Abstract: Freud’s analysis of crowd psychology is the final result of the traumatic impact of the Great War. First, he introduced the notion of death-drive as the dimension beyond the pleasure-principle; then, he analyzed the formation of social groups which bring individuals to forsake their ‘rational’ behavior and surrender to self-destructive violence. Freud’s analysis should be supplemented by Lacan’s distinctions between superego, Ego- Ideal and ideal ego – through this triad, we can understand today’s rise of the new figure of obscene Master.
Psychoanalyst and philosopher (PhD, Paris-Sorbonne), Willy Apollon is the founder and past president of GIFRIC. He is supervising analyst and consultant analyst at the ‘388,’ the Center for the Psychoanalytic Treatment of Young Adult Psychotics created by GIFRIC in 1982, as well as at GIFRIC’s Psychoanalytic Clinic for the Family. He animates several training seminars for the training of analysts as well as a seminar in mondialisation in Montreal and Quebec City and has published widely on a variety of topics pertaining to psychoanalysis, aesthetics, social, cultural and political practices, and more. His newest work L’adresse improbable is forthcoming as is an edited volume that explores the fundamental concepts of his metapsychology.
Summary: Getting to the heart of Freud’s Massenpsychologie, from one angle, depends on an understanding of the term ‘identification’ in Freud, precisely as, analysis of the ego. The problem is that, according to Freud, and his faithful reader, Lacan: There is no identification. Always moving between a form of unity or unification and a singular trait that is not part of whole, a complex movement and the mere appearance of unity in dreams, speech, or symptom formation, introjection of the other and projection of the ego, identification is itself the paradox of a one that psychoanalysis constantly dissolves, complicates, indeed multiplies. What problems does this pose to the psychoanalytic meta- psychological conceptual edifice, no less the very clinical practice of psychoanalysis itself? And how can we extend this to the question of hysteria and the contagion of mass psychology?
A MASS PSYCHOLOGY BEYOND THE EGO: SYMPATHY, ENTHUSIASM, AND UNCONSCIOUS TRANSMISSION IN THE AGE OF REVOLUTION
Abstract: Freud, in Group Psychology and the Analysis of the Ego, restricts his focus to ‘stable’ or ‘artificial’ groups organized around identification with the leader as ideal ego, and not the political and revolutionary masses that were the primary focus of his most important predecessors. This paper argues that the dynamics of popular revolutionary crowds and some of the ways those were understood at the time – for example through the lens of Mesmerism – nevertheless make crucial additions to Freud’s mass psychology because they attest to forms of unconscious, bodily transmission between members of the collective that are not reducible to the mechanisms of identification. In dialogue with Kant’s and Rousseau’s discussions of sympathetic enthusiasm and the general will, it asks what the Freud ofMoses and Monotheismand the late essays on telepathy might have contributed to the project of a mass psychology beyond the ego.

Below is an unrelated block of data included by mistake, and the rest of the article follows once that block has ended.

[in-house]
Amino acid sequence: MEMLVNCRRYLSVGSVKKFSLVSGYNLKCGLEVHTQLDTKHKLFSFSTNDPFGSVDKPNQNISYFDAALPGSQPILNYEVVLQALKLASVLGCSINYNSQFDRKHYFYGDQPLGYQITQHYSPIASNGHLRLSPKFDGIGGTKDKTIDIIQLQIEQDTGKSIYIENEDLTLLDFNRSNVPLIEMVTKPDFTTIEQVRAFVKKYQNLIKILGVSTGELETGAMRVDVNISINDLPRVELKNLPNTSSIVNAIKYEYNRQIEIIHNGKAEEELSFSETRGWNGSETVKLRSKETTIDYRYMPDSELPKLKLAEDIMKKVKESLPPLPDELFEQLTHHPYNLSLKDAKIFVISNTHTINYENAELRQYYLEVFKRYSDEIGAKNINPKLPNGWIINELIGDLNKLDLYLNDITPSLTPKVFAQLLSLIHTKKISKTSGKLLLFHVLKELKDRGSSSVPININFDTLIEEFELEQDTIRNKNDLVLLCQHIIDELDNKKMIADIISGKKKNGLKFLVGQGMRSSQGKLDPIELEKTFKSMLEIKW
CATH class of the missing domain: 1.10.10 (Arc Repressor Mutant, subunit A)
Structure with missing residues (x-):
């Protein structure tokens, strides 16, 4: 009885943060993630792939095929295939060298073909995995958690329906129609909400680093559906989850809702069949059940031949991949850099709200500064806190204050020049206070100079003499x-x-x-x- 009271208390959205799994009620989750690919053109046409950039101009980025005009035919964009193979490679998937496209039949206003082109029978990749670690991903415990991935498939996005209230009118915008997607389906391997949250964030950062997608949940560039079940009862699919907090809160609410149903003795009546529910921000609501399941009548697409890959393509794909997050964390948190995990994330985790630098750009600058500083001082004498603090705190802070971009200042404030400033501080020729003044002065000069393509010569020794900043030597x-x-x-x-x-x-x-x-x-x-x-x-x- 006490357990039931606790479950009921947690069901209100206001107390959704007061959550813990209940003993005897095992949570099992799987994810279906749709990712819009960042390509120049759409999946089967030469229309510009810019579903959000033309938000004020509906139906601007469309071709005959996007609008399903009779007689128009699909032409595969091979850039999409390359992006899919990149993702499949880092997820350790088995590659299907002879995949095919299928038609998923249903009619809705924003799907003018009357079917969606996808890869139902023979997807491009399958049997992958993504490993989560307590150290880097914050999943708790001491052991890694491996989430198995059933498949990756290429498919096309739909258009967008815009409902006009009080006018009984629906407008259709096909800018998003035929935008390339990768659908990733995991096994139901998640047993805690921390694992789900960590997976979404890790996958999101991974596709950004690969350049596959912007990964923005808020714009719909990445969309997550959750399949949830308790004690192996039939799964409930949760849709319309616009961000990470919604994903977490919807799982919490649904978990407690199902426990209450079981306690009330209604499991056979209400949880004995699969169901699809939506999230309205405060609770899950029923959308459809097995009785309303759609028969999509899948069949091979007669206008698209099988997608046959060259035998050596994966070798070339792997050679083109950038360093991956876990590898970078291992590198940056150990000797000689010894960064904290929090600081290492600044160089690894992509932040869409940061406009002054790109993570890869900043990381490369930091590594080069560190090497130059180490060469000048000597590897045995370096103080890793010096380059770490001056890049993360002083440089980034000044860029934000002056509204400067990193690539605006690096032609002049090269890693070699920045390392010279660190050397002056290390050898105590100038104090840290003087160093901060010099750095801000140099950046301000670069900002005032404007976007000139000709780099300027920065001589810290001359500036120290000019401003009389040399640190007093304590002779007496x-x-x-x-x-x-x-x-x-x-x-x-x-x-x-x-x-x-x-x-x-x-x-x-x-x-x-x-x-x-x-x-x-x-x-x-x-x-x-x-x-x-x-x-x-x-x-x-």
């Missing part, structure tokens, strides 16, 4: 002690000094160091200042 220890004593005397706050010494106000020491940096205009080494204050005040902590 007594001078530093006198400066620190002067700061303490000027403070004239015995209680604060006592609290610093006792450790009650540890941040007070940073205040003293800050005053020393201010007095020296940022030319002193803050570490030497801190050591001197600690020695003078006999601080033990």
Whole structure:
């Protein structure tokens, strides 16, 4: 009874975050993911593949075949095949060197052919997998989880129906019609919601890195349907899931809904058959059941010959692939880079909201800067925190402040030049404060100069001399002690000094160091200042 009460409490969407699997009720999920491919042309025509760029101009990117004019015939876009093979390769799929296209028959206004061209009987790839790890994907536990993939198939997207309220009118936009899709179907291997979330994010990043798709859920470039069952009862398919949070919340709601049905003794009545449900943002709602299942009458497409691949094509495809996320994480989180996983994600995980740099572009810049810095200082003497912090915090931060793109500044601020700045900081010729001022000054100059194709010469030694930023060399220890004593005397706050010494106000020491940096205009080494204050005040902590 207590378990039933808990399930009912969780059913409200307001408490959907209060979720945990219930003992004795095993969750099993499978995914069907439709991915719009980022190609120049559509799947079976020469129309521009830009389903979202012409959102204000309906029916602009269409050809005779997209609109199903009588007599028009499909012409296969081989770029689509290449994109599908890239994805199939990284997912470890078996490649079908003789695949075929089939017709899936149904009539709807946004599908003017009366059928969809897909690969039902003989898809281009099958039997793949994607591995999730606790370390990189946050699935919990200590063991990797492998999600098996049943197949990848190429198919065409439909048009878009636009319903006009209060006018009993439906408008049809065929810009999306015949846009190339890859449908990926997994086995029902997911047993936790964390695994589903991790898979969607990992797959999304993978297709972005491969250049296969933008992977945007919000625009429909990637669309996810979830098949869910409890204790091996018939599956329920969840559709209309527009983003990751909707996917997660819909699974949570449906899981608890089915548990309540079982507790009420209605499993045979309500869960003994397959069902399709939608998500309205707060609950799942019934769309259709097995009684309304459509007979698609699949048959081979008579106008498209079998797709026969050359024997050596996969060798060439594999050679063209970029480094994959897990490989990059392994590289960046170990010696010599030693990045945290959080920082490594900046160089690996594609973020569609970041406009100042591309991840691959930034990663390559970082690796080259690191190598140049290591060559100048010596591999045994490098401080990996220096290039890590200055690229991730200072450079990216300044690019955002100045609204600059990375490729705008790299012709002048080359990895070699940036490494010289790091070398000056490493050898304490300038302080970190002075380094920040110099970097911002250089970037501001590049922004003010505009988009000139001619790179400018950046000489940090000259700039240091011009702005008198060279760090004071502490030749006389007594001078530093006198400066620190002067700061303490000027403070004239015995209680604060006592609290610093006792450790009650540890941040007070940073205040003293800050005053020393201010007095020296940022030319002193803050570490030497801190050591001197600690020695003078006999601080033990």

Abstract: This commentary of Freud’s seminal essay from 1921, Mass-psychology and the Analysis of the Ego, celebrating the 100th anniversary of its publication, is an experiment in reading the text and assessing its problems at the intersection of several perspectives: it relies on the inclusion of the text within successive textual ‘constellations’ which involve the recognition that a political element is intrinsic to the construction of psychoanalytical concepts, and the possibility of using psychoanalysis as a framework for the analysis of contemporary enduring forms of institutional racism, which reacts on our understanding of psychoanalysis itself. What emerges is a remarkable figure of representation and elusion of the State as an agency of identification and repression organizing the psychic apparatus from without.
Abstract: This year marks one century from the first publication of Mass Psychology and the Analysis of the Ego by Sigmund Freud. What has been the importance of this text for social and political inquiry diachronically? What is its relevance today? It is to these two questions that this text is devoted. Attention is first given to the broader choreography between psychoanalysis and socio-political inquiry. Focus is then directed to the way populism research in particular has benefited from the ensuing re-orientation. Debates around ‘post-truth’ are also discussed within this context.